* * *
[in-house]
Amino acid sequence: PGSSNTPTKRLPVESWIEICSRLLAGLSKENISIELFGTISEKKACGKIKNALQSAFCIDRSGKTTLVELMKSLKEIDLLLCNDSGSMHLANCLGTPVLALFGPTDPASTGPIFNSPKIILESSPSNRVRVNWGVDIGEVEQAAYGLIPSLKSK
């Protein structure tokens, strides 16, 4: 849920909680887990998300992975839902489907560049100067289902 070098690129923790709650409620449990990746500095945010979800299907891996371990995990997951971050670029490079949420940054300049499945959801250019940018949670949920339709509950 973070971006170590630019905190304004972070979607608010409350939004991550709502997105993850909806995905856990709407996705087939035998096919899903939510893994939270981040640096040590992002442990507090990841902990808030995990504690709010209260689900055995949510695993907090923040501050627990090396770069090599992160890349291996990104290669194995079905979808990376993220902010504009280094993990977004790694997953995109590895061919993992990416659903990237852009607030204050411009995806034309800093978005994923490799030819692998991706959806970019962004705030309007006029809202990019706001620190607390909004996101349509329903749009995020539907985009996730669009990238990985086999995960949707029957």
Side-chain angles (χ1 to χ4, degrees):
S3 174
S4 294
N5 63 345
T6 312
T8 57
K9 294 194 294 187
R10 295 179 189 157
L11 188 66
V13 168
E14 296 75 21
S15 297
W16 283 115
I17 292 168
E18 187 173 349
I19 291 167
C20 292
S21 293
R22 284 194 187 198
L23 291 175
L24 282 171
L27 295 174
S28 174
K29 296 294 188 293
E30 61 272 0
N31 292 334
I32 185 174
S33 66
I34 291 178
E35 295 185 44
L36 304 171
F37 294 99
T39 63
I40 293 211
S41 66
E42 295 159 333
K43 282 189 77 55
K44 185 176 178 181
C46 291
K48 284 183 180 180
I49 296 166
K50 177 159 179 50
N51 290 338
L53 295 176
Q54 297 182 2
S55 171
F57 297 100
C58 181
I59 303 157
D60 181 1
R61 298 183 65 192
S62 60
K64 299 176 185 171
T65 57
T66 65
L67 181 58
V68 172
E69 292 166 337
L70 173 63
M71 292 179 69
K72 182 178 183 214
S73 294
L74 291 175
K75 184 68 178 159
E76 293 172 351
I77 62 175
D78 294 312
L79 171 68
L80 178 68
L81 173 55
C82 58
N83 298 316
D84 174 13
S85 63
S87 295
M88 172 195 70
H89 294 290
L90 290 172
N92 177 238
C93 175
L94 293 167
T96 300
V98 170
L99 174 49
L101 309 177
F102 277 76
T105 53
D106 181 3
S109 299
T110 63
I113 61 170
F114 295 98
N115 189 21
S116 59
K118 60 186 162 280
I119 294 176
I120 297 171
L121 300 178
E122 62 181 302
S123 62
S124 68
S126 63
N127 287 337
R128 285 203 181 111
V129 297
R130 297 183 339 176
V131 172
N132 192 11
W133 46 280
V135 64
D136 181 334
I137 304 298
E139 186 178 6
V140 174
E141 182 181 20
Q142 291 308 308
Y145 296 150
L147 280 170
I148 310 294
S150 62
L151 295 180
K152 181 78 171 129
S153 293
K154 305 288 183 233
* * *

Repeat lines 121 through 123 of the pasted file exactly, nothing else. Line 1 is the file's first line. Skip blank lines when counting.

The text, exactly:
L147 280 170
I148 310 294
S150 62